After closing higher for five consecutive sessions, stocks have moved mostly lower during trading on Tuesday. With the drop on the day, the major averages are pulling back off the record closing highs set in the previous session.
Currently, the major averages are all in negative territory, although the tech-heavy Nasdaq is underperforming its counterparts. While the Nasdaq is down 261.81 points or 1.8 percent at 14,578.90, the S&P 500 is down 34.37 points or 0.8 percent at 4,387.93 and the Dow is down 160.36 points or 0.5 percent at 34,983.95.
The pullback on Wall Street may partly reflect uncertainty ahead of the Federal Reserve’s monetary policy announcement on Wednesday.
Traders are likely to pay close attention to the Fed’s statement for any clues the central bank is considering scaling back its asset purchase program.
Tech giants Alphabet (GOOGL), Microsoft (MSFT) and Apple (AAPL) are also among the companies releasing their quarterly results after the close of today’s trading, which may be contributing to some anxiety among traders.
On the earnings front, shares of UPS (UPS) have moved sharply lower after the delivery giant reported second quarter earnings that beat estimates but weaker than expected domestic revenue.
Electric car maker Tesla (TSLA) has also come under pressure despite reporting second quarter results that exceeded analyst estimates.
Meanwhile, shares of General Electric (GE) are seeing modest strength after the conglomerate reported better than expected second quarter results.
Negative sentiment may also have been generated in reaction to reports that the CDC is expected to reverse course and recommend that people vaccinated for the coronavirus resume wearing masks indoors in certain areas.
The revised guidance, which is expected to be announced later today, comes amid the rapid spread of the delta variant of the coronavirus in regions with low vaccination rates.
In economic news, the Commerce Department released a report showing new orders for U.S. manufactured durable goods saw continued growth in the month of June, although the increase came in well below expectations.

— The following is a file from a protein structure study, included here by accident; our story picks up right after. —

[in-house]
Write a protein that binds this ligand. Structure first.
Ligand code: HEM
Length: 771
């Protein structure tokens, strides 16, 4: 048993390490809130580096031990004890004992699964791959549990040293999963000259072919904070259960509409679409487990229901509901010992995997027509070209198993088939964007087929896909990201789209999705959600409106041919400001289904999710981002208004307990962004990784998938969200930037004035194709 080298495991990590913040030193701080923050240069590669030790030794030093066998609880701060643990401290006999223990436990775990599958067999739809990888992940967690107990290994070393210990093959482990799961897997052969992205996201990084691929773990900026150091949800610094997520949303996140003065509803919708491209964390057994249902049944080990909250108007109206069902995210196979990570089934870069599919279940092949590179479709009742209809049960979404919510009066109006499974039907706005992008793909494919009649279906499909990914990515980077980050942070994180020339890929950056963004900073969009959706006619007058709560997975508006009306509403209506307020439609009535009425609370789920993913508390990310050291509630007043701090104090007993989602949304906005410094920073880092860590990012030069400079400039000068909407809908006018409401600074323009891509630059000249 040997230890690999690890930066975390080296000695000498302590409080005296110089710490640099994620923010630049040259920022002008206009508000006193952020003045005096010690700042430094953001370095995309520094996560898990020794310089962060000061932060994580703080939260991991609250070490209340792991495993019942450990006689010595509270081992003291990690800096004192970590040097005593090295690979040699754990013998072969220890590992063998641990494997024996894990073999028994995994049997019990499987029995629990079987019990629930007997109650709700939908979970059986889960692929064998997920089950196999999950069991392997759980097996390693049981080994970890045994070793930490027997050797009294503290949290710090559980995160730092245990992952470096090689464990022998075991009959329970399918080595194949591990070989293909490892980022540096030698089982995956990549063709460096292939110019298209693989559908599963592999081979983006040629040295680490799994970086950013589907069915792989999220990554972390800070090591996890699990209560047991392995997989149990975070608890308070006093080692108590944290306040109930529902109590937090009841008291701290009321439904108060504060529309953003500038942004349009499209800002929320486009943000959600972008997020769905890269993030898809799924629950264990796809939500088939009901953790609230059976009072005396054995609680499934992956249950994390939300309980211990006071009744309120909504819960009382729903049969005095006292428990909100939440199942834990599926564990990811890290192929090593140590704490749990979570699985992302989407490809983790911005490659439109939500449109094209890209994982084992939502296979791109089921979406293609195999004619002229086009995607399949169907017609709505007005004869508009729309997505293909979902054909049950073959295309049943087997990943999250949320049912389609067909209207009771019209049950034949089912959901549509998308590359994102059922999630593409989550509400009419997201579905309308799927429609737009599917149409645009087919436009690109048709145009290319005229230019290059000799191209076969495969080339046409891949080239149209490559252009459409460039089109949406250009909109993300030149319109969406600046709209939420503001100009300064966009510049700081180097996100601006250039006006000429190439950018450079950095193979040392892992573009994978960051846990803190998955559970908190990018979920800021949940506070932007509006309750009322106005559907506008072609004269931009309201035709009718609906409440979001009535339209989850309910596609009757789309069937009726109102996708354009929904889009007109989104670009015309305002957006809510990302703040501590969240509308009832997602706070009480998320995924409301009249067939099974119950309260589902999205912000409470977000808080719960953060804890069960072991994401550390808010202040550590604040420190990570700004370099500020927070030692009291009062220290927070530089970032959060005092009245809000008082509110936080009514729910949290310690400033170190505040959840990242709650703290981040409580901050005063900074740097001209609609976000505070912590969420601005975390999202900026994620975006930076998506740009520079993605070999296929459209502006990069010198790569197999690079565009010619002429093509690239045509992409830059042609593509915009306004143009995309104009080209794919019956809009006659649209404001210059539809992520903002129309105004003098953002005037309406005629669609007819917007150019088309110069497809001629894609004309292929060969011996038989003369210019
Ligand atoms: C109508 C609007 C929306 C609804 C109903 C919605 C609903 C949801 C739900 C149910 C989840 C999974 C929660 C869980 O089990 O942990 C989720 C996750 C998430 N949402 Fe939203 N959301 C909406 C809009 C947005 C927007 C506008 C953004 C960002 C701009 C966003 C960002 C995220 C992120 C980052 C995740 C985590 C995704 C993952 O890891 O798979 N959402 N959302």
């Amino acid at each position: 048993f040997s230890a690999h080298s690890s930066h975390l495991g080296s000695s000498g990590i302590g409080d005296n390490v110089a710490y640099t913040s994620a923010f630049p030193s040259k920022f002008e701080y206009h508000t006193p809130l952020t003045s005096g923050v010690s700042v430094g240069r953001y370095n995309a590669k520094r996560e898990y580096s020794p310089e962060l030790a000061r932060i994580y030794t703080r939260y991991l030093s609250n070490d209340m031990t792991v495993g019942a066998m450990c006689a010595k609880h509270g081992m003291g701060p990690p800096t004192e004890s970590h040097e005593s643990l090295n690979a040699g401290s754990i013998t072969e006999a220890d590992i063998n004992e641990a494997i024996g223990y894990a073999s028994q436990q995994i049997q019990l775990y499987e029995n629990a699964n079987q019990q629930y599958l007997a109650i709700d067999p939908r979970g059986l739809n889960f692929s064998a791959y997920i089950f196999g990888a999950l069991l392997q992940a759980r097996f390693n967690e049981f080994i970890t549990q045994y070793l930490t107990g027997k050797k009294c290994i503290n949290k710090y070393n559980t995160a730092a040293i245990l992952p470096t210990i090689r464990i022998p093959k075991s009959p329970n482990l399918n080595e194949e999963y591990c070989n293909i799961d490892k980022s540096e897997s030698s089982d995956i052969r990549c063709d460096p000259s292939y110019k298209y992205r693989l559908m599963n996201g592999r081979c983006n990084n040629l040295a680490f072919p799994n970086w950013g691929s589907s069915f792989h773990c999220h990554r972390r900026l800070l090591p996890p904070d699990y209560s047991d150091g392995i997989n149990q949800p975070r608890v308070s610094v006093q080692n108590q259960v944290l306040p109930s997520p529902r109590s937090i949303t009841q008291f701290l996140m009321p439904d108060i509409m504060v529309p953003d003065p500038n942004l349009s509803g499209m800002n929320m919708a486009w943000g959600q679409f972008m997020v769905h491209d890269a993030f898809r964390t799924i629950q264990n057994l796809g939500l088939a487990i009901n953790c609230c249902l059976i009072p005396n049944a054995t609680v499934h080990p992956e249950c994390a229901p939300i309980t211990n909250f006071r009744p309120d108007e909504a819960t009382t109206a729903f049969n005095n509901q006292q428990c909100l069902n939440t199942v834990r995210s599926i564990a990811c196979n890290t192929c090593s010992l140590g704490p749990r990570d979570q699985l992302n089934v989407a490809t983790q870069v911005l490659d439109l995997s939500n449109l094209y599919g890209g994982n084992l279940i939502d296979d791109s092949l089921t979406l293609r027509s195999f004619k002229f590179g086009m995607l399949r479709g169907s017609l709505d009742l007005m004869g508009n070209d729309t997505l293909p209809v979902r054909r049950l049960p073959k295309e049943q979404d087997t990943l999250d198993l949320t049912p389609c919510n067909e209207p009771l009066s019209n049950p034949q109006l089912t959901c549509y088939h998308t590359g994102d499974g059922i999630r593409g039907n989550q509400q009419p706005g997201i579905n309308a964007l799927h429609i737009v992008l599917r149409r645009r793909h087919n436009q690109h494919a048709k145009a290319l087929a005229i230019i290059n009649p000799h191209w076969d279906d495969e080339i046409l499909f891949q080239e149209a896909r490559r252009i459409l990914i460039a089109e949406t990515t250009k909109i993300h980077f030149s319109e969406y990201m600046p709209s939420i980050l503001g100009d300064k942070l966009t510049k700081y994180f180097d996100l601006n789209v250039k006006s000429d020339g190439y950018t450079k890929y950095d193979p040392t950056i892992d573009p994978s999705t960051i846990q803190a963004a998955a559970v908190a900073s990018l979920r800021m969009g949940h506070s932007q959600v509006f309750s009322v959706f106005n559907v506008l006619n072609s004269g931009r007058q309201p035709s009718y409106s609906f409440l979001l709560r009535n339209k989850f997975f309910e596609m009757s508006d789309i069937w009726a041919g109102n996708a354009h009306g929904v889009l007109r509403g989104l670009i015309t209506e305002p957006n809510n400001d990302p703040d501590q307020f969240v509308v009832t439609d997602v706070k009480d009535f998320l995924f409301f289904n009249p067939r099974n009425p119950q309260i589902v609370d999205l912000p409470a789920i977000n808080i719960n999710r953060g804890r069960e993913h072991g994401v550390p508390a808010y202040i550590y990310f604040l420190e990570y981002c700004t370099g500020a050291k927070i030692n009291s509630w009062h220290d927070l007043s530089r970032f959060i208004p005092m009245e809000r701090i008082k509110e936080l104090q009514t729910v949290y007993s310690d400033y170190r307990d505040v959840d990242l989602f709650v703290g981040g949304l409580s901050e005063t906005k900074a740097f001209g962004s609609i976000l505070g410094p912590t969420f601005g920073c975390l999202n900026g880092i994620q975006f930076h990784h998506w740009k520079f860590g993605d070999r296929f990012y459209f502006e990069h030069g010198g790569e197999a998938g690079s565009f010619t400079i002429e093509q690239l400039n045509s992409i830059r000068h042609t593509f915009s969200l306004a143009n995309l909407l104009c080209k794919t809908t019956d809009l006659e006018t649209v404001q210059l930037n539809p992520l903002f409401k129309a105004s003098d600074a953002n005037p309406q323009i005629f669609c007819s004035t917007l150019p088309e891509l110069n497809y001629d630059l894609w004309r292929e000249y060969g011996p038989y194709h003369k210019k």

The report said durable goods orders climbed by 0.8 percent in June after spiking by an upwardly revised 3.2 percent in May.
Economists had been expecting orders to surge up by 2.1 percent compared to the 2.3 percent jump that had been reported for the previous month.
Excluding orders for transportation equipment, durable goods orders rose by 0.3 percent in June following a 0.5 percent increase in May. Ex-transportation orders were expected to climb by 0.8 percent.
A separate report from the Conference Board showed consumer confidence in the U.S. saw a slight improvement from an upwardly revised level in the month of July.
The Conference Board said its consumer confidence index inched up to 129.1 in July from an upwardly revised 128.9 in June. Economists had expected the index to drop to 124.9 from the 127.3 originally reported for the previous month.
With the unexpected uptick, the consumer confidence index reached its highest level since hitting 132.6 in February of 2020.
Semiconductor stocks have shown a substantial move to the downside on the day, resulting in a 3 percent nosedive by the Philadelphia Semiconductor Index.
Considerable weakness also remains visible among computer hardware stocks, as reflected by the 2.9 percent slump by the NYSE Arca Computer Hardware Index.
Airline stocks are also seeing significant weakness in mid-day trading, with the NYSE Arca Airline Index tumbling by 2.6 percent.
Oil service, software and retail stocks have also shown notable moves to the downside, while tobacco and utilities stocks are bucking the downtrend.
In overseas trading, stock markets across the Asia-Pacific region turned in a mixed performance during trading on Tuesday. Japan’s Nikkei 225 Index rose by 0.5 percent, while China’s Shanghai Composite Index plunged by 2.5 percent.
Meanwhile, the major European markets all moved to the downside on the day. While the U.K.’s FTSE 100 Index fell by 0.4 percent, the German DAX Index and the French CAC 40 Index slid by 0.6 percent and 0.7 percent, respectively.
In the bond market, treasuries are seeing some strength amid the pullback on Wall Street. As a result, the yield on the benchmark ten-year note, which moves opposite of its price, is down by 3.7 basis points at 1.239 percent.
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